3.    If we are to leverage the full potential of the new economic opportunities for domestic and foreign investors, the hitherto unrealised potential of tourism, convention traffic and if we are to be hosts for future film festival awards or sporting events, we may have to address many fundamental issues.

4.    Well before the monsoon seasons, heavy rain or flood forecasts and in order to be in readiness for events such as earth slips etc., what measures do the RDA, Municipalities and the Railway authorities undertake?

5.    How much (preventive and) pre-emptive maintenance is currently undertaken along the roads and rail tracks prone to damage or obstruction?

6.    Do we have “seasonal” temporary road and rail track maintenance and damage restoration units at selected sites?

7.    Should our Disaster Management Centre and the Meteorological Department develop awareness programmes and simple preparedness measures at national, provincial, individual and community level? (e.g. first aid centres).  

8.    What measures are in place to prevent breaches of dams in the Mahaweli?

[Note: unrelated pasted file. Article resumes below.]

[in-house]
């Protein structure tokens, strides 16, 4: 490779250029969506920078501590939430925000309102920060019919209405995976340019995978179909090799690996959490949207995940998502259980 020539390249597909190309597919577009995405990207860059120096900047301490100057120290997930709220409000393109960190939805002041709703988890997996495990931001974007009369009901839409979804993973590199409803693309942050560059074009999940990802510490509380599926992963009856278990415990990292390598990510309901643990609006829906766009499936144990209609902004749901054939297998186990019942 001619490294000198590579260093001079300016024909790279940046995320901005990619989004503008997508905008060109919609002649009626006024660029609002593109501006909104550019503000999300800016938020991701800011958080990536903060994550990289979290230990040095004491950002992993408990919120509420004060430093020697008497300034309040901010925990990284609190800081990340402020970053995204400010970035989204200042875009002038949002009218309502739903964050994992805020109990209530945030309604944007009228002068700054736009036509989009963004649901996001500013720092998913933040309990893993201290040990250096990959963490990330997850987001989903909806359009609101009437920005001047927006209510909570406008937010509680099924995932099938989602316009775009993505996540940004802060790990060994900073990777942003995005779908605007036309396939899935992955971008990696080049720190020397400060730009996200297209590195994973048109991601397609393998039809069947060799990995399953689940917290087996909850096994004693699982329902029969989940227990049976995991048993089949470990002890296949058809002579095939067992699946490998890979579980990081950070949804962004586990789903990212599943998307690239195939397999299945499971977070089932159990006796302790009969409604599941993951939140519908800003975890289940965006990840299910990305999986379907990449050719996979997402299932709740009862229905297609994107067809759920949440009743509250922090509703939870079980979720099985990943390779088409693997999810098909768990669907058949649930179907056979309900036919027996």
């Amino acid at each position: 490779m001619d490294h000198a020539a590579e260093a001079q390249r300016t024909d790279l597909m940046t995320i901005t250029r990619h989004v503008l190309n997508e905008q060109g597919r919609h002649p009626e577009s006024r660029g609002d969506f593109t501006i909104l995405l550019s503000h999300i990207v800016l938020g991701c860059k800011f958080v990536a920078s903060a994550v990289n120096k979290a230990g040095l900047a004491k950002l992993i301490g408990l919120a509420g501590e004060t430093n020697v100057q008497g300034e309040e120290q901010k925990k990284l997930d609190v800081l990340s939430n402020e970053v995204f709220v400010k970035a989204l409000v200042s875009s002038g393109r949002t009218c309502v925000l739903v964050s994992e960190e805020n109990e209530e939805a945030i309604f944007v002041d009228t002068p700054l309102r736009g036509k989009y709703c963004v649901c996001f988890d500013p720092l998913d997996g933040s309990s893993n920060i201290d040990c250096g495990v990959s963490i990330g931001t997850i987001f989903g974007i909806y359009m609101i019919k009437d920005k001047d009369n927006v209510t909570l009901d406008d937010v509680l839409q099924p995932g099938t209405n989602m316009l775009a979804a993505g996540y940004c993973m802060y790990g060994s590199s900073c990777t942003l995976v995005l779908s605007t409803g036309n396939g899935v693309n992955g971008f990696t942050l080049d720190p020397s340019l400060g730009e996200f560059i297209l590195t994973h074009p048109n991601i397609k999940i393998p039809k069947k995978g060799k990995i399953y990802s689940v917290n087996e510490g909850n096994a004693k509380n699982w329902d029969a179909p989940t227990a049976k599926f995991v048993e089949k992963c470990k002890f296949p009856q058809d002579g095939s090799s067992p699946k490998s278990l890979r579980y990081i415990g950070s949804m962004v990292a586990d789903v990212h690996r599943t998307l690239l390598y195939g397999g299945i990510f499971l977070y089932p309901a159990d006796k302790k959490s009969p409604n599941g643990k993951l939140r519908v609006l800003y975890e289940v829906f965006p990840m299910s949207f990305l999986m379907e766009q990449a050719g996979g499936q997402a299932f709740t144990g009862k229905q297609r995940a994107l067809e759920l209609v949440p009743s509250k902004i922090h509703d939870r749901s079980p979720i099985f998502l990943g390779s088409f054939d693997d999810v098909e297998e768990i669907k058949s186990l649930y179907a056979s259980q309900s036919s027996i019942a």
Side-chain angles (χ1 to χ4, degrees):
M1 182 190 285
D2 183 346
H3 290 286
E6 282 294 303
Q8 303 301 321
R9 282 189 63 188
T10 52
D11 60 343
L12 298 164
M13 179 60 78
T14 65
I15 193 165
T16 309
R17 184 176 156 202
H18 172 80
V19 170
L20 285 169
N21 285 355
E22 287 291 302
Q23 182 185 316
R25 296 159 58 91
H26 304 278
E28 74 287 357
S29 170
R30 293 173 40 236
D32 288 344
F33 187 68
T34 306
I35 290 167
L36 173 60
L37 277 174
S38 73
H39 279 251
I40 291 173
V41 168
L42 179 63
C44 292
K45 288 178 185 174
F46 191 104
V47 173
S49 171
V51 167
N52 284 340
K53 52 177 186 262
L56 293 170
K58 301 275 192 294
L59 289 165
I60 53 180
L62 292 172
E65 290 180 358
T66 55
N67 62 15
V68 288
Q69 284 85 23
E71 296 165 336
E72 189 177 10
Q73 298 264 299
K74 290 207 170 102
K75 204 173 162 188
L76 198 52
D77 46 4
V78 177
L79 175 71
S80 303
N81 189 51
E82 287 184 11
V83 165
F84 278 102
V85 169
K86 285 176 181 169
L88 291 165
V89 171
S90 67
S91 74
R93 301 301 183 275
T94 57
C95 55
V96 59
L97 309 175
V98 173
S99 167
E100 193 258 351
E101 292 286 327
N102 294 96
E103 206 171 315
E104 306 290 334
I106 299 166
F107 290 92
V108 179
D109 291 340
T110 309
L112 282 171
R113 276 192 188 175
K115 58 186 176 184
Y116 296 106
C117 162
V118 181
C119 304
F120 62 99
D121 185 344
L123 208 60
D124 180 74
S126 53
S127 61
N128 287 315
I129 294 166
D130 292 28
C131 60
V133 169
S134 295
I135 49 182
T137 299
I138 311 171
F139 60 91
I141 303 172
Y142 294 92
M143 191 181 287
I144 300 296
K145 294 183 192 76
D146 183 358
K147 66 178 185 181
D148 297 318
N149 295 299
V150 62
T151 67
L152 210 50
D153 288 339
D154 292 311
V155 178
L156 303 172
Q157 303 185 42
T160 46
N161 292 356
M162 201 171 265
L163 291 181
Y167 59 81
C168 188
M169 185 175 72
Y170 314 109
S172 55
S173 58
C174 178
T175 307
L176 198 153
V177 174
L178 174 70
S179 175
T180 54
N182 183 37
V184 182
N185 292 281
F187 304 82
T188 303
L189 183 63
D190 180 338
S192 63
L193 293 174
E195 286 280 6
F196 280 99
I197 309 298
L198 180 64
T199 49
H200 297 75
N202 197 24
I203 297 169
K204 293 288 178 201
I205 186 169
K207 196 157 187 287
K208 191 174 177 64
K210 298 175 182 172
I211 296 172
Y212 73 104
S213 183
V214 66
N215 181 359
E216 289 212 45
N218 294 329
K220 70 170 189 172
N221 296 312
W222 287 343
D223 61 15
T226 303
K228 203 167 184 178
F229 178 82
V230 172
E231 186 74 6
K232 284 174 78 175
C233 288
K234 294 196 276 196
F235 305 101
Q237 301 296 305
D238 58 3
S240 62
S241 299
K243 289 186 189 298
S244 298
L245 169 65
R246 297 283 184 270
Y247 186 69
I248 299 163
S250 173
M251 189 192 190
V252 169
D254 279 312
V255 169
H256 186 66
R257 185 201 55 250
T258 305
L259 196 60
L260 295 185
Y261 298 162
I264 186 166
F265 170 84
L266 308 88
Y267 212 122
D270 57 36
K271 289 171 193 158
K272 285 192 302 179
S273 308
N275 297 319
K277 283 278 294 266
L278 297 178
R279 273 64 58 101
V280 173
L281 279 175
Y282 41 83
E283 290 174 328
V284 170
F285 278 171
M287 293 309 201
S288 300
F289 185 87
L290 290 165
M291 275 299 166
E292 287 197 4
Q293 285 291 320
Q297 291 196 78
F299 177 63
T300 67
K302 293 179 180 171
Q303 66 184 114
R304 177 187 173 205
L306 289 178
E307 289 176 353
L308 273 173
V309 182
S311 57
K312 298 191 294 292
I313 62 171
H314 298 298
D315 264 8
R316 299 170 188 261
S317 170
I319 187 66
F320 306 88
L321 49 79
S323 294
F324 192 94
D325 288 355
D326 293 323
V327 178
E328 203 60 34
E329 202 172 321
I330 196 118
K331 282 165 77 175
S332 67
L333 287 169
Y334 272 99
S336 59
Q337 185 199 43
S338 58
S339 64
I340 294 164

I recall writing in the Thought Leadership Forum in early 2005 about the need for risk assessments in and around the Mahaweli dams when I learned that the estimate of expenditure for dam maintenance in the Mahaweli was Rs. 300 million, while the allocation annually was only about 30 million (source – Central Bank of Sri Lanka Annual Report of 2004). I have not had the need to research maintenance expenditure that has either been allocated or estimated over the last 5 years. However, the CEB (a beneficiary of the Mahaweli waters for the generation of hydro power) has a proprietary interest to contribute funds towards dam maintenance.

9.    Given that there was a dam breach in Pakistan a few years ago, the gap between maintenance expenditure requirements of the Mahaweli dams, and allocations and the accumulated gap or deficit in maintenance intervention expenditure over the years, is naturally of considerable concern to me. I trust that the relevant authorities would study this aspect carefully and perhaps seek and obtain assistance from institutions such as the United Nations, FAO, ADB or the World Bank.

10.Have we sought technical and financial assistance to undertake rain and flood damage and needs assessments like Pakistan has just done?

11. Have we sought assistance from the World Bank and the ADB; DFID, JICA; USAID; UN-FAO and similar institutions? I trust most of these institutions and the many other bilateral organisations in Sri-Lanka are already on the drawing boards to determine how they can help and perhaps extend existing programmes to do so.

12.Appoint a futuristic, Flood Damage Assessment & Risk Reduction, Steering Committee, “A Technical Oversight Committee”, comprised of road and bridge engineers, railway engineers, civil building engineers including those with expertise in dam building and maintenance, mechanical engineers and other technical persons.